U.S. Foreign Born by World Region of Birth

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U.S. Foreign Born by World Region of Birth


By: Luke J. Larsen

Date: August 2003

Source: Adapted by Thomson Gale from: Larsen, Luke J. The Foreign-Born Population in the U.S.: 2003. U.S. Census Bureau, August 2003.

About the Author: Luke J. Larsen is a researcher in the U.S. Census Bureau, a division of the United States Department of Commerce.


In March 2003, according to official statistics based on the Continuous Population Survey (CPS), 11.7 percent of the population of the United States, or 33.5 million in total, were foreign-born. Of these, 53.3 percent had been born in Latin America, 25 percent had been born in Asia, 13.7 percent in Europe and 8 percent in other parts of the world. Among those born in Latin America, more than two-thirds were from Central America, including Mexico, and these accounted for more than a third of all the foreign born.

The Current Population Survey is a monthly sample survey of around fifty thousand U.S. households, conducted by the Bureau of the Census. Its main purpose is to collect employment-related data to feed into labor market policies, but the survey also generates information on the demographic characteristics of the U.S. population, including its composition by country of birth and ethnicity.

The distribution of the population by country of birth is a reflection of recent patterns of immigration to the United States. These are determined by a range of factors, including U.S. immigration policies, social and economic conditions in countries of origin, geographical proximity, and traditional linkages between these countries and the U.S. The main developments over the past few decades have been a significant decline in the numbers of European immigrants, a massive, ongoing increase in immigration from Mexico and other Latin American countries, and a significant increase in immigration from Asian countries. Overall, the developments can be attributed largely to the impact of changes in U.S. immigration policy, but they have also been influenced by conditions in the countries of origin and other factors.

Between 1929 and 1968, patterns of immigration to the United States had been shaped to a large extent by the National Origins Act, which imposed quotas on the number of immigrants from different countries. Within the quota system, relatively more immigrants were allowed from countries in the western hemisphere than from those in the eastern hemisphere. The 1965 Hart-Celler Act, which came into force in 1968, abolished the national origins quota system and sought to equalize the number of immigrants to the U.S. from the Western and Eastern hemispheres. Within the overall ceiling of immigrant visas allocated to each hemisphere, there were no longer any numerical limits for nationals of individual countries. The Act also introduced a preference system for use in prioritizing applications for entry, which emphasized the importance of family reunification over other reasons for applying. Moreover, the immediate relatives of U.S. citizens could be granted entry outside the quota system.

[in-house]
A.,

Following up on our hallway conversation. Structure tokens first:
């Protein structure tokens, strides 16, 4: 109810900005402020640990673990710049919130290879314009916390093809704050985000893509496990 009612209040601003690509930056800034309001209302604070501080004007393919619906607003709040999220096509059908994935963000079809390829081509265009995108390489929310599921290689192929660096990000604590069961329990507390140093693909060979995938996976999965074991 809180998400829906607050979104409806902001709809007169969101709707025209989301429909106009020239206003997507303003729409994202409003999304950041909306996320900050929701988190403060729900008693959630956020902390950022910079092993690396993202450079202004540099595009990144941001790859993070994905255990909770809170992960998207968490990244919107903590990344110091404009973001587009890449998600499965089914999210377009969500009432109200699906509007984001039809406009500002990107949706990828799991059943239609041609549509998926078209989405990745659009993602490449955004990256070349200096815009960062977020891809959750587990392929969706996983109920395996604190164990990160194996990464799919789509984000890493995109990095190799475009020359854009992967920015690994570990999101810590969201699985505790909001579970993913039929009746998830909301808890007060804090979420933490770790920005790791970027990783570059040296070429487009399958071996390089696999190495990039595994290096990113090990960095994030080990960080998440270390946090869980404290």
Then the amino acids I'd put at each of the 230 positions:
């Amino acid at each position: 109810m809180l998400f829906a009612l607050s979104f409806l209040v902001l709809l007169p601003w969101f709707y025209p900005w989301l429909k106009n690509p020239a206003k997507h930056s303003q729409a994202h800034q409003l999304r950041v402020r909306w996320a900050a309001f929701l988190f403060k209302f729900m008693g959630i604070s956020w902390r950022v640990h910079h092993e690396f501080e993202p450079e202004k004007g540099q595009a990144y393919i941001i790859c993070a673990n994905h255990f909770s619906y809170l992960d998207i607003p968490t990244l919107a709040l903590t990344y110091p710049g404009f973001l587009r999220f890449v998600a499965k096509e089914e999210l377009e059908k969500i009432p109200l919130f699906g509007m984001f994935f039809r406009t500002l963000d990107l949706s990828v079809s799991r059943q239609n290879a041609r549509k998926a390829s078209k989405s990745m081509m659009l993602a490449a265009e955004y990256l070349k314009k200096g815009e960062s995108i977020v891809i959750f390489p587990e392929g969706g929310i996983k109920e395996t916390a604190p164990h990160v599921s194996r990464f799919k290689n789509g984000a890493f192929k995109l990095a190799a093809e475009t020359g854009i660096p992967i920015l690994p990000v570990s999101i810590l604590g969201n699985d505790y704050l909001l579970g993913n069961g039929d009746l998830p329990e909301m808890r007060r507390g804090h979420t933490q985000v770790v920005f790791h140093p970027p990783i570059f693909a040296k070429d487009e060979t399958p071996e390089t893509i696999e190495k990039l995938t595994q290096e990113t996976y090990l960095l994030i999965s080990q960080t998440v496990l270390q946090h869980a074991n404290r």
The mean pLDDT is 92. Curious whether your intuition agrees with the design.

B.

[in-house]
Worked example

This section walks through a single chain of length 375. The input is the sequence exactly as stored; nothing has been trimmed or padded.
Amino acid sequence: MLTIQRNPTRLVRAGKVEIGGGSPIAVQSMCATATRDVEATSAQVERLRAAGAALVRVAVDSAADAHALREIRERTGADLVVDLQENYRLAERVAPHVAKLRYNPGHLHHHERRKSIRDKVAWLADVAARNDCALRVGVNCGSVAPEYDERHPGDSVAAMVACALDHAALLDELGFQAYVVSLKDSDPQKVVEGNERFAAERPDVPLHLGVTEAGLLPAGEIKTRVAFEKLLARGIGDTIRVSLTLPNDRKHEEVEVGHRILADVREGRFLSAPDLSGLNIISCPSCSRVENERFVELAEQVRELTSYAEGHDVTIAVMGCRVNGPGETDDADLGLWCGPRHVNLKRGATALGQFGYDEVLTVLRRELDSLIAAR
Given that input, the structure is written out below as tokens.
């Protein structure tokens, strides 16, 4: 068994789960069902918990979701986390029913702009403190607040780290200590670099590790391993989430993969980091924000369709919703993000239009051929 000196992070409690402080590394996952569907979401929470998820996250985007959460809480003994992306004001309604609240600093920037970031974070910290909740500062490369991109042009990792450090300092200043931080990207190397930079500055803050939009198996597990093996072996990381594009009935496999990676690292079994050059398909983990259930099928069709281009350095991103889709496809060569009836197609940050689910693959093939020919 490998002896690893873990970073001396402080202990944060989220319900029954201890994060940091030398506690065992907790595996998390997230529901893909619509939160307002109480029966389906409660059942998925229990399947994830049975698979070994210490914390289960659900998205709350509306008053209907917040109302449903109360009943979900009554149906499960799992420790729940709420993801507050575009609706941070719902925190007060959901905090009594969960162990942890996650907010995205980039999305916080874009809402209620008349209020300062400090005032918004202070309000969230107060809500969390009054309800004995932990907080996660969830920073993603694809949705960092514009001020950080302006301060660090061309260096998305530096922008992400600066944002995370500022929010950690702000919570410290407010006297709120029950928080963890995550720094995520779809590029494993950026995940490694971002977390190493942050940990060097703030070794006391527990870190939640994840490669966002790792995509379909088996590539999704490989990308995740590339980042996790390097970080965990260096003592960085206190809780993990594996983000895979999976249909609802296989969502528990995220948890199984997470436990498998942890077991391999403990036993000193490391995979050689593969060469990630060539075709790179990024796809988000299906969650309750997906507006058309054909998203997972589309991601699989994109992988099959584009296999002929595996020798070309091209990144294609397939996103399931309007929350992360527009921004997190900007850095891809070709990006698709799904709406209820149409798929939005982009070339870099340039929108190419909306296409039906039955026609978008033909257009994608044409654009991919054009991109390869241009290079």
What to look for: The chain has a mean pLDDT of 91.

The 1965 Act had the effect of substantially increasing overall numbers of immigrants to the U.S. and changing the distribution of immigrants by national origin. By this time, immigration from Europe had declined significantly for reasons largely unrelated to immigration policies. Standards of living in European countries had increased in the post-war years and there was no longer much incentive for their nationals to emigrate. On the other hand, high levels of poverty and unemployment in Latin American countries, particularly Mexico, and their geographical proximity to the U.S. created a high level of demand for entry into the U.S. This was unleashed when the 1965 Act abolished national quotas, leading to a surge in levels of immigration from Mexico and other Latin American countries at this time. The lifting of quotas and the equalization of ceilings between the two hemispheres also led to a significant increase in immigration from Asian countries, especially China and the Philippines, although the overall numbers of immigrants from Asia were much lower than from Latin America. The Asian immigrant community was further increased by refugees from Vietnam, Laos, and Kampuchea at the time of the Vietnam War in the late 1970s, as well as by developments in U.S. refugee policies, which meant that refugees could become eligible for permanent residence after living in the United States for two years. Asians have also entered the U.S. in significant numbers as students—many have subsequently converted to permanent residence status, mainly under the occupational preference categories of the immigration acts, which allow entry to professionals and other highly qualified immigrants.